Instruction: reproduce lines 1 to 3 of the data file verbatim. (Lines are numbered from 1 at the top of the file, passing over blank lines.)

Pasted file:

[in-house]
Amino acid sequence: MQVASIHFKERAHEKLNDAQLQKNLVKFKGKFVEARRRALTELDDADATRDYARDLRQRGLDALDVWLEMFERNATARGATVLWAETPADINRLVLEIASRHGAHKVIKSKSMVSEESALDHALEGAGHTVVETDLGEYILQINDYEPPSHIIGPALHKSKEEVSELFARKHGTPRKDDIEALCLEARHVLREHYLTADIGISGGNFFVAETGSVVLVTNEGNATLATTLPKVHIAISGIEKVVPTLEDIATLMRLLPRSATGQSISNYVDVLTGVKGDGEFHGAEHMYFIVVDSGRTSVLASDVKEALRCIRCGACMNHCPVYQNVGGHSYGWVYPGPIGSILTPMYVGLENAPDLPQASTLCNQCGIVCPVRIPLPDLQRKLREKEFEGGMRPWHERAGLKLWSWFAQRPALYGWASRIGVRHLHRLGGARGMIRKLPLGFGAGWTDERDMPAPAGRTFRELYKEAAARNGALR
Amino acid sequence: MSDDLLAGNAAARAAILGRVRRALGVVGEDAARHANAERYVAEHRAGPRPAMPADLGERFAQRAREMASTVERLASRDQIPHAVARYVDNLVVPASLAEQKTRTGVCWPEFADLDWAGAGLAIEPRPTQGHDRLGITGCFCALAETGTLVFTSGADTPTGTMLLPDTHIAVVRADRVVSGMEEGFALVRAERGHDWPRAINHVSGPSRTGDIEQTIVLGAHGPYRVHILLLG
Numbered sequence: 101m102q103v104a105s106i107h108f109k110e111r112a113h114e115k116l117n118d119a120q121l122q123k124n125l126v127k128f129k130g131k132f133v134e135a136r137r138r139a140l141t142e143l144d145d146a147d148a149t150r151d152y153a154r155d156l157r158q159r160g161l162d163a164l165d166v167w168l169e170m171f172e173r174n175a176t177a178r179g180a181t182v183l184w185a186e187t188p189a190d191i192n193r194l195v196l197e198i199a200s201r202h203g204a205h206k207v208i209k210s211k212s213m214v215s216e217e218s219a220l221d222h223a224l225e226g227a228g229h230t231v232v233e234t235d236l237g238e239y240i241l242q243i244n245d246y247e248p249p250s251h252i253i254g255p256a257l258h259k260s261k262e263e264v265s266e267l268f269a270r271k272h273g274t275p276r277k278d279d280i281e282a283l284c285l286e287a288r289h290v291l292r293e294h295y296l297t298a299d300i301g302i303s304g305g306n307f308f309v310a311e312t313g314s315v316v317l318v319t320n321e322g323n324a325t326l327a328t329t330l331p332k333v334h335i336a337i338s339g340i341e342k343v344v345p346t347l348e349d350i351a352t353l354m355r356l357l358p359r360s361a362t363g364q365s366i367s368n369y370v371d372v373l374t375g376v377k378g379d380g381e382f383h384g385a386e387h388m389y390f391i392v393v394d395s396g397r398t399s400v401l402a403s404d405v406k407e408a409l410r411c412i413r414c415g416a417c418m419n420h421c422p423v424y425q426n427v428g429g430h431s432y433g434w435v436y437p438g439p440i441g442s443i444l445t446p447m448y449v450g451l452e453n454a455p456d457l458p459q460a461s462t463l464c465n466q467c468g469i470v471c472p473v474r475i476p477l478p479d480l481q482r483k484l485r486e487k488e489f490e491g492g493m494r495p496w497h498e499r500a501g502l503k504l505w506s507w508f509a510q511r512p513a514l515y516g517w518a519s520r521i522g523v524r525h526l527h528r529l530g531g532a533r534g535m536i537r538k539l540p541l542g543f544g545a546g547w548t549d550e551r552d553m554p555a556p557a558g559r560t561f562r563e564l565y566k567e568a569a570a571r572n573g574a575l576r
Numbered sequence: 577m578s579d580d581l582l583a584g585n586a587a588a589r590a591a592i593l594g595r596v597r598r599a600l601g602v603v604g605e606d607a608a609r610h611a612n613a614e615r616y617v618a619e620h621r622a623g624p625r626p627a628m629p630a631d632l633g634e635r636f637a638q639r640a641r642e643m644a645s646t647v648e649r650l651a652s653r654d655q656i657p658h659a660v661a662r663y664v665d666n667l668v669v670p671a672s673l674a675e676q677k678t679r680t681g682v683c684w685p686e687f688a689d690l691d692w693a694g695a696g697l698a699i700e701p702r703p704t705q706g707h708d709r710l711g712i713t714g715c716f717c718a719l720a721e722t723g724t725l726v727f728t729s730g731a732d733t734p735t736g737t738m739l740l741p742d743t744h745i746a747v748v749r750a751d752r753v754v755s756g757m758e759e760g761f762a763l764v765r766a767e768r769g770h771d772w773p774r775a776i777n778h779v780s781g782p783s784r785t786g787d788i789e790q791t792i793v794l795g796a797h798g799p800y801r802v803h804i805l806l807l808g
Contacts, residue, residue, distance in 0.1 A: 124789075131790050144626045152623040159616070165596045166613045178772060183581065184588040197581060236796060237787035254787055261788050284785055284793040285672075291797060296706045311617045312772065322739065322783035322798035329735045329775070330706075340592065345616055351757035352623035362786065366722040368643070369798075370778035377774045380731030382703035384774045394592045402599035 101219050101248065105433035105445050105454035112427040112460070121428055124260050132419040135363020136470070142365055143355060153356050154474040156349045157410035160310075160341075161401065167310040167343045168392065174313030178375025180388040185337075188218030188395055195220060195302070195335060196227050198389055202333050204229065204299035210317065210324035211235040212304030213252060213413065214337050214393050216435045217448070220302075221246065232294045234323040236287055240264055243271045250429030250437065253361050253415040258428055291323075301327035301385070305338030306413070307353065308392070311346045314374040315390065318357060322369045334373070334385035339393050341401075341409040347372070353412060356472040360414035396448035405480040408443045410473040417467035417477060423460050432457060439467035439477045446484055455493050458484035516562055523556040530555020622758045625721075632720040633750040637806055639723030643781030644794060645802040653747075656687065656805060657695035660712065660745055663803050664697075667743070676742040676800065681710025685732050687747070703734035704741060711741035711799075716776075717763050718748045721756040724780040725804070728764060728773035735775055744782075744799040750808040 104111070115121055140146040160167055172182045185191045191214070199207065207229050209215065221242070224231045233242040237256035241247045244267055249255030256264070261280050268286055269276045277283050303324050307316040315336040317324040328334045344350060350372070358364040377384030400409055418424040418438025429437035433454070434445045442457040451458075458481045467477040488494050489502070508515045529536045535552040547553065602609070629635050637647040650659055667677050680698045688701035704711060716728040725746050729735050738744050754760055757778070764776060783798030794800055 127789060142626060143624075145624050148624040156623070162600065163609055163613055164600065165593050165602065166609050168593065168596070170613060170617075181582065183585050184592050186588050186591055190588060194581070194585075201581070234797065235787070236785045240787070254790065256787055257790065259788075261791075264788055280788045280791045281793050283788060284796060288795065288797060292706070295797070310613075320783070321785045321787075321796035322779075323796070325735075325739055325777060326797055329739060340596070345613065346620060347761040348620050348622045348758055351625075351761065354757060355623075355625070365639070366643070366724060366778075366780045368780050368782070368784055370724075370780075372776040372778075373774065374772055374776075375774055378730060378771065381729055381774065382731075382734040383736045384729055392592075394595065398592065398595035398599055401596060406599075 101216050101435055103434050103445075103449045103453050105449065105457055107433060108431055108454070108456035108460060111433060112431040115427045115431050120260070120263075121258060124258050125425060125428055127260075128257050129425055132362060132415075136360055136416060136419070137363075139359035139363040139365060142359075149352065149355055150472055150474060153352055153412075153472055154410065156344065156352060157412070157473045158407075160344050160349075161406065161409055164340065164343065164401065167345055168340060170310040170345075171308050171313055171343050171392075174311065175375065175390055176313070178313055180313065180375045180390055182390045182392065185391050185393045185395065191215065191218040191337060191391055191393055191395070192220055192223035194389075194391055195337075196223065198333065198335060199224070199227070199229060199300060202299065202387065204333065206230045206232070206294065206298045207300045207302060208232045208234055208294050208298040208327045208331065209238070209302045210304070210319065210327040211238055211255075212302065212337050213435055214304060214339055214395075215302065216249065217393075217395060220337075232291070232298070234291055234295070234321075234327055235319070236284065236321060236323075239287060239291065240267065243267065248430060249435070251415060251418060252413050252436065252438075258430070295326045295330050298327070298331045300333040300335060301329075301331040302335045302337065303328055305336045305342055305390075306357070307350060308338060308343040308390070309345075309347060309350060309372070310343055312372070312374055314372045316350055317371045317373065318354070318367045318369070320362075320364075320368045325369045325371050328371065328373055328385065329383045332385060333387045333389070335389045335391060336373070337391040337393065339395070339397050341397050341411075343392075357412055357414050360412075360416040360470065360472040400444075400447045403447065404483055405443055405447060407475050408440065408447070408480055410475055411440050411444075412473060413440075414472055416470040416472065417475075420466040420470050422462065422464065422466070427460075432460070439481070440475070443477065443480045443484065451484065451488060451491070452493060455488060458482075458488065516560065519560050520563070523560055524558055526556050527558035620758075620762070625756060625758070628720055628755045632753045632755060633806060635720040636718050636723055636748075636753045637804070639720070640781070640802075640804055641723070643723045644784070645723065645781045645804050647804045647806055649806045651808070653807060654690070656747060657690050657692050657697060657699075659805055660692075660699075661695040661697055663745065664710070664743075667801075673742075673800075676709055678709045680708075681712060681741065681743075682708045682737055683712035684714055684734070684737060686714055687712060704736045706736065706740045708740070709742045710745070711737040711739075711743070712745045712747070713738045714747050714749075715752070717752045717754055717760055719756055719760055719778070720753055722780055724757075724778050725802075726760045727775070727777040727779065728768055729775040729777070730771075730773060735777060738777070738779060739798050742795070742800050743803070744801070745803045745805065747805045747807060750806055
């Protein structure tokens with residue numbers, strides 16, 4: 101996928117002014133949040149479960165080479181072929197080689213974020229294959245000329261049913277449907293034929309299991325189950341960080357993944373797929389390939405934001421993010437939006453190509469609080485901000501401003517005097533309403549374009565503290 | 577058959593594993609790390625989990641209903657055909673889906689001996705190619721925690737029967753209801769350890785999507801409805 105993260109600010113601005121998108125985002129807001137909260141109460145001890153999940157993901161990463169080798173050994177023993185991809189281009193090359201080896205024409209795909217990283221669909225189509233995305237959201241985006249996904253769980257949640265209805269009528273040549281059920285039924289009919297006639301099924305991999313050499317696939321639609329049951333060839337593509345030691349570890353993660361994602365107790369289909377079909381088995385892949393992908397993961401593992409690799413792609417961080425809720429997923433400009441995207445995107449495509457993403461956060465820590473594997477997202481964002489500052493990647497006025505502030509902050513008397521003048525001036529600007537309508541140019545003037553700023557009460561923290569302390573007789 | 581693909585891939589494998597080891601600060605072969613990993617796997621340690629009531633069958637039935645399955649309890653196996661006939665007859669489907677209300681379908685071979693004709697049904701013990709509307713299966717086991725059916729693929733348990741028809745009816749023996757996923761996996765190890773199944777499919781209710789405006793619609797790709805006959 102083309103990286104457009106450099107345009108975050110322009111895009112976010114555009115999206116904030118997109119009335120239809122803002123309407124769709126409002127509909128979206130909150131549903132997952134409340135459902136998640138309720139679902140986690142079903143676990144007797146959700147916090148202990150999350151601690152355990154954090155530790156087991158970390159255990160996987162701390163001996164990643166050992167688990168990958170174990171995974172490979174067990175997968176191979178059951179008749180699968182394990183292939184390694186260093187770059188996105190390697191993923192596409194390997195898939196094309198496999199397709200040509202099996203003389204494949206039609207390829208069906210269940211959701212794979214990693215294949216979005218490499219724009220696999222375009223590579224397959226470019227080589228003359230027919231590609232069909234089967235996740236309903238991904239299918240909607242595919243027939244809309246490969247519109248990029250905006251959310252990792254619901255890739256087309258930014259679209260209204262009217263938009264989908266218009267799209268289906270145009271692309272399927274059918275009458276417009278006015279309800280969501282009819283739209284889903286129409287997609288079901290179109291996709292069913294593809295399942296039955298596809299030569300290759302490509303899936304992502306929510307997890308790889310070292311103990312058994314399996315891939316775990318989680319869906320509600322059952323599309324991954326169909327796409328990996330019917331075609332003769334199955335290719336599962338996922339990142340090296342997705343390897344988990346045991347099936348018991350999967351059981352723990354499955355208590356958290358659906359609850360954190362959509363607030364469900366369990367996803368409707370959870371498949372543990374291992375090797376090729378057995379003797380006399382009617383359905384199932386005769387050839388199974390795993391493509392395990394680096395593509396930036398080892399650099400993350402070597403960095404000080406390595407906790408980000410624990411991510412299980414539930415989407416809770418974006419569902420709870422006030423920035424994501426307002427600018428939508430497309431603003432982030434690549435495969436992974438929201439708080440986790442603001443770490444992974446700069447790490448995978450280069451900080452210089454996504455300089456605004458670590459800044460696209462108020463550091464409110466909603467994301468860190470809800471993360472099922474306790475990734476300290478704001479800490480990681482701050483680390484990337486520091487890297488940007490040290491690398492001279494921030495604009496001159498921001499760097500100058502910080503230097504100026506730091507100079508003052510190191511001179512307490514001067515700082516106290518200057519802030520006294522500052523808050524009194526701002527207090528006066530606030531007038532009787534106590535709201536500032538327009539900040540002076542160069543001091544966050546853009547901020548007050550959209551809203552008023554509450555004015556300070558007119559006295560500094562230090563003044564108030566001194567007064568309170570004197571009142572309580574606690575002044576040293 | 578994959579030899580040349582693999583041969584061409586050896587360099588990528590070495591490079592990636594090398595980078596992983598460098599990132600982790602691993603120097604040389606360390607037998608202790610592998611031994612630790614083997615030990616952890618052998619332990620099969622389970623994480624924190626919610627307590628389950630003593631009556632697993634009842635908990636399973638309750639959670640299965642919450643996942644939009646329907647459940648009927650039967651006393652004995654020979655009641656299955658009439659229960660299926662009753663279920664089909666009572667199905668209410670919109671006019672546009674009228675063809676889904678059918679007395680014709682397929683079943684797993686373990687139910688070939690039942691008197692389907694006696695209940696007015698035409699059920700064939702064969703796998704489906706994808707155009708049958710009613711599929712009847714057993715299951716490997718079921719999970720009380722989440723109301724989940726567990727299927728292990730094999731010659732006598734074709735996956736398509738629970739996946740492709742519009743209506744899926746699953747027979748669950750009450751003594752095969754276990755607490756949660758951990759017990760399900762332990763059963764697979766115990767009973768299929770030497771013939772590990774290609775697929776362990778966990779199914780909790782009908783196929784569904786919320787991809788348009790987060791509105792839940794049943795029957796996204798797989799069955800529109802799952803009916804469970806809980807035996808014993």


[in-house]
Amino acid sequence: MQVASIHFKERAHEKLNDAQLQKNLVKFKGKFVEARRRALTELDDADATRDYARDLRQRGLDALDVWLEMFERNATARGATVLWAETPADINRLVLEIASRHGAHKVIKSKSMVSEESALDHALEGAGHTVVETDLGEYILQINDYEPPSHIIGPALHKSKEEVSELFARKHGTPRKDDIEALCLEARHVLREHYLTADIGISGGNFFVAETGSVVLVTNEGNATLATTLPKVHIAISGIEKVVPTLEDIATLMRLLPRSATGQSISNYVDVLTGVKGDGEFHGAEHMYFIVVDSGRTSVLASDVKEALRCIRCGACMNHCPVYQNVGGHSYGWVYPGPIGSILTPMYVGLENAPDLPQASTLCNQCGIVCPVRIPLPDLQRKLREKEFEGGMRPWHERAGLKLWSWFAQRPALYGWASRIGVRHLHRLGGARGMIRKLPLGFGAGWTDERDMPAPAGRTFRELYKEAAARNGALR
Amino acid sequence: MSDDLLAGNAAARAAILGRVRRALGVVGEDAARHANAERYVAEHRAGPRPAMPADLGERFAQRAREMASTVERLASRDQIPHAVARYVDNLVVPASLAEQKTRTGVCWPEFADLDWAGAGLAIEPRPTQGHDRLGITGCFCALAETGTLVFTSGADTPTGTMLLPDTHIAVVRADRVVSGMEEGFALVRAERGHDWPRAINHVSGPSRTGDIEQTIVLGAHGPYRVHILLLG